Thursday, February 23, 2017

Mecca for Musicians - One Hundred Years ago at the Main Library

Upstairs there is a happy hunting-ground for the musicians in the form of a well-stocked music-room. Should any poverty stricken member of the long-haired gentry feel the lure of Beethoven, Brahms, Bach or Bizet, he needs but drift in, select the favored work and give it a tryout in the sound-proof room attached.  Here may the Terpsichorean muse be wooed in every guise but a ragged one. For rag of every sort is taboo, and the vigilant ear of the music librarian is ever cocked for the forbidden strains from the music-room.  In other words, "Nix on the rag in the library."

source: "San Francisco Now Has Library To Be Proud Of," San Francisco Chronicle (February 25, 1917), 34.

San Francisco Public Library Monthly Bulletin vol. 23, no. 1 (January-April 1917), 2

"May this structure throned on imperishable books, be maintained and cherished from generation to generation for the improvement and delight of mankind" source: Public Library Building: Erected Nineteen Hundred and Sixteen; Description of building / George W. Kelham ([San Francisco: s.n., 1917?]).

February 15 was the 100th birthday of the 1917 opening of the San Francisco Public Library Main Library building.

One of the highlights of the newly opened building was a Music Department on the 3rd floor (later the home of the San Francisco History Room). This was one of the only specialized departments in the new building.  The new service was housed in a beautiful room with wood paneling. This new service merited attention in the San Francisco Chronicle article quoted above.

The patron-base of this "mecca for musicians" was thought to be "long-haired gentry."  Starting around the 1910s, classical music began to be semi-pejoratively known in America as "long hair music." In this article, classically trained musicians are further ridiculed as both "poverty-stricken" and "gentry."  The author is also mistaken when invoking Terpsichore, the Greek muse of dance, when discussing music making.

At the building's opening, the department could support the luxury of providing a piano in a sound-proof for musicians wanting to try out a score from the collection.  While this article makes a big deal of the prohibition of ragtime, the music librarians of the San Francisco Public Library have always been very catholic in their selection of musical genres and at no time did they neglect ragtime in their collection building.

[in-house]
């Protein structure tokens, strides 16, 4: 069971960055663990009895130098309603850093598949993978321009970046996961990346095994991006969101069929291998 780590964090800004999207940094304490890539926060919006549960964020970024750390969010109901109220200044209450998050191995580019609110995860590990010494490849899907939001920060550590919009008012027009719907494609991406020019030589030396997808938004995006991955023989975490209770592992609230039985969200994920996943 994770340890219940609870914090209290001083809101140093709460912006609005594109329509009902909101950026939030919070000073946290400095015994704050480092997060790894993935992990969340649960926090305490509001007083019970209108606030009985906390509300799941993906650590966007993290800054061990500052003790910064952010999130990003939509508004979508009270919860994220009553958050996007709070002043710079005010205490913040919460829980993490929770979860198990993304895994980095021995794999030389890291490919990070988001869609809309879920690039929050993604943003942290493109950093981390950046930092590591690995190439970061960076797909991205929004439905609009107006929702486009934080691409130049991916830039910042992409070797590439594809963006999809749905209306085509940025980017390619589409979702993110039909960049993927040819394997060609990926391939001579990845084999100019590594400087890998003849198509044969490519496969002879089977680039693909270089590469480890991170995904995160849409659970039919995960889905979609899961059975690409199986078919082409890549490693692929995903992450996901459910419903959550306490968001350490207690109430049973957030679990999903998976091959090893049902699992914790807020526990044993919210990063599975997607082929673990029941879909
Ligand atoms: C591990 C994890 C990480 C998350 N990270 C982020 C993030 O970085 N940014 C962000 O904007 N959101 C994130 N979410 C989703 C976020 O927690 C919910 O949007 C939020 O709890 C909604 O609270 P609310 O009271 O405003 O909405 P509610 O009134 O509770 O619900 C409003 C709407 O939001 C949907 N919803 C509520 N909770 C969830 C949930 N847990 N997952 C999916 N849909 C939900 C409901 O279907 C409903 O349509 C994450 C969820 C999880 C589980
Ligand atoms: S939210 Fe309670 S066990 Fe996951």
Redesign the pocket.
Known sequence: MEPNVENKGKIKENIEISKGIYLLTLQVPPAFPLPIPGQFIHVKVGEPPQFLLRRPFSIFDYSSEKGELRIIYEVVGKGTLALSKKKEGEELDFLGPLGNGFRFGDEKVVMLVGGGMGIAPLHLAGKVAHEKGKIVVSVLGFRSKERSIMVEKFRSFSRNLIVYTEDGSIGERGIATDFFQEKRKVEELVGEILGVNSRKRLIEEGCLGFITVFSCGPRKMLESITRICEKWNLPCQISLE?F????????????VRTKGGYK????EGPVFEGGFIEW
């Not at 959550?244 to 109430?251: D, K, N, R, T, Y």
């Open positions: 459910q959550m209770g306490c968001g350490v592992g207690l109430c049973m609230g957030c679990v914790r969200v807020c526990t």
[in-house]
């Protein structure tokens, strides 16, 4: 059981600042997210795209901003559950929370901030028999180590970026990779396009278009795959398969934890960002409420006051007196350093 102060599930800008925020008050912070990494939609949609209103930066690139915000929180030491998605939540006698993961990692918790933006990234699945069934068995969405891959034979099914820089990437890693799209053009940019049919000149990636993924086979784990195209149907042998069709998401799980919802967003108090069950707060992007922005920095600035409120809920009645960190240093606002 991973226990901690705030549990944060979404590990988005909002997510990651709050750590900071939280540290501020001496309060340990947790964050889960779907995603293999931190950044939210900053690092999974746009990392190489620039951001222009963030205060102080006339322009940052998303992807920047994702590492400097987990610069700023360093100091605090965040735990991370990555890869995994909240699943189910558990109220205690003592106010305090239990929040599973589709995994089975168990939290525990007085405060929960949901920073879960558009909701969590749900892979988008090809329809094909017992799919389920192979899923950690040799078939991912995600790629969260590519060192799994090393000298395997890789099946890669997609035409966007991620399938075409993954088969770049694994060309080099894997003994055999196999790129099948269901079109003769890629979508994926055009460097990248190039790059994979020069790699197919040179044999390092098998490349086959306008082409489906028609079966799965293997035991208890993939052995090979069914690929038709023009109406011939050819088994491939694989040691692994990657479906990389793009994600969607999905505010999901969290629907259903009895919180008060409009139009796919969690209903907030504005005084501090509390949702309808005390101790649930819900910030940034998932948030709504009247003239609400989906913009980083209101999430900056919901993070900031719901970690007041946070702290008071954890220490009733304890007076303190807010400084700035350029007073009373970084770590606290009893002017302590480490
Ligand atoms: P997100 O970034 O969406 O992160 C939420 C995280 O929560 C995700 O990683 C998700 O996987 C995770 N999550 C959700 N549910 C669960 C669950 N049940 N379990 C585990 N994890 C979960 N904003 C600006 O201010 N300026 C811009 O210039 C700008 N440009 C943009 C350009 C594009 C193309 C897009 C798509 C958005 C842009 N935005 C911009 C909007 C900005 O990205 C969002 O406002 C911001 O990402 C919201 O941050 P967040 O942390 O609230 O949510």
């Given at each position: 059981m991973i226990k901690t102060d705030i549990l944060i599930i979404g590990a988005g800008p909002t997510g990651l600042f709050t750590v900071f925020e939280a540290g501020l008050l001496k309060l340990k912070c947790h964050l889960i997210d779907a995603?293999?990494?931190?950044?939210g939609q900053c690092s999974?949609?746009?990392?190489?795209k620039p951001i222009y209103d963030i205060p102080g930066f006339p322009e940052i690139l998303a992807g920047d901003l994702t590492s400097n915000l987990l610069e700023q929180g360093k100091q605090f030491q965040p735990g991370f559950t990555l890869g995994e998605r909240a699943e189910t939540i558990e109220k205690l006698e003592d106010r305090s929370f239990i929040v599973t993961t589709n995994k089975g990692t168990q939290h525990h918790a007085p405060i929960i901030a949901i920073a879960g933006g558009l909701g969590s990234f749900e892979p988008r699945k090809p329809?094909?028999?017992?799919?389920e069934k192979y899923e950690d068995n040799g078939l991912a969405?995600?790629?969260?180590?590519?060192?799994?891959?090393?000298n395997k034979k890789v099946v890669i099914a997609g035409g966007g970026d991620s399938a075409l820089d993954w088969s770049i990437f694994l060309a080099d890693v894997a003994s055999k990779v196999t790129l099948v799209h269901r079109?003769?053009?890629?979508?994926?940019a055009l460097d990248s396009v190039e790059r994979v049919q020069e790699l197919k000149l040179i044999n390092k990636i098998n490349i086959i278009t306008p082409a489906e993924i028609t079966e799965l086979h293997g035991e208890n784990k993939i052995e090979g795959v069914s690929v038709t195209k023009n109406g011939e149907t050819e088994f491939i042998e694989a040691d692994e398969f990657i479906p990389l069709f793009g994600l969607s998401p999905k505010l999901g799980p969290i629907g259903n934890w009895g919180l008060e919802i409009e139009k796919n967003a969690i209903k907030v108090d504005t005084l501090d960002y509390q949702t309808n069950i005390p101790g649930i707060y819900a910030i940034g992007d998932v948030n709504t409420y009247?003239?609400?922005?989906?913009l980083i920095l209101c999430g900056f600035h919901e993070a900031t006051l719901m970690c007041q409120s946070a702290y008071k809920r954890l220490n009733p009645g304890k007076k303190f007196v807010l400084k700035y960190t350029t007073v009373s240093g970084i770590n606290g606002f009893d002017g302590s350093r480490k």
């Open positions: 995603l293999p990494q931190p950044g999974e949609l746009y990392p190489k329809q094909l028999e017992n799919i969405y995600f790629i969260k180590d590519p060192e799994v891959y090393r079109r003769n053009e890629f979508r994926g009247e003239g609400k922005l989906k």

The back wall in the photograph below features covered bins for the so-called "x-class sheet music."  In this method of shelving, chamber music was laid flat in bins organized by ensemble type.

The San Francisco Public Library became an innovator when it provided specialized service to the musicians of the community.  Our efforts at collecting music and documenting our City's musical history predate almost all most universities.  The collection was built to a very high level by the first music librarian, the exceptionally capable and energetic Jessica Fredricks, who worked at the library from 1916 to 1951.

A photograph of the Music Department [no date] 

Music Department (source: San Francisco Historical Photograph collection)

Interior of Main Library - music room, looking toward technical room (source: San Francisco Historical Photograph collection)
The x-class sheet music after the collection moved to the 1st floor (source: San Francisco Historical Photograph collection)

Tuesday, February 21, 2017

A Wealth Of International Film Periodicals

Advertisement for Purab Aur Pacchhim (East and West), from Film World (March 1971)

During a recent revisit to SFPL's film magazine collection, both current and ceased publicatons, I was again made aware of the wealth of film literature about world cinema that lies within our reach. Titles such as FilmKritik (German), Cinema (French), Cinema Nuovo (Italian), Cine Cubano (Spanish), and Film World (English/India) allow us an important look into the cinematic world that co-exists with mainstream American cinema.

Having grown up myself watching Indian Hindi cinema or Pakistani Urdu cinema (Urdu and Hindi are two names of the same language), I really appreciated discovering the periodical Film World. Though it is primarily dedicated to Hindi cinema, it gives ample space to Indian films being made in other Indian languages such as Bengali, Tamil and Malayalam. One can also find articles about international cinema.

For example, if one were to request the bound volume 7 of Film World from storage, one would find in the Feb – March 1971 issue a detailed article on a production boom in India, a detailed write up on the first screen lady of Indian cinema Devika Rani, and successes of superstar Rajesh Khanna and Akkineni Nageswara Rao. This issue also has an article on the great French new wave director Jean Renoir and his definition of cinema verite, and a couple of pages dedicated to American cinema in an article entitled "Revolution in American Cinema" that discusses works like Five Easy Pieces, Midnight Cowboy, and Easy Rider.

In other issues, I found many insightful critiques of leading Hindi filmmakers, actors and their films.  The film posters and advertising from that time are delightful and offer a rare window to a people’s past. With the rising interest in what is known in the west as Bollywood, Film World and a later periodical Cinema Vision India can be of tremendous historical and cultural value to those who are intrigued by Indian films.


Film World (Bombay, India) (T.M. Ramachandran, 1961-). [San Francisco Public Library has 1971-1978]

Cinema Vision India ([Bombay] : S. Kak).  [San Francisco Public Library has 1980-1983]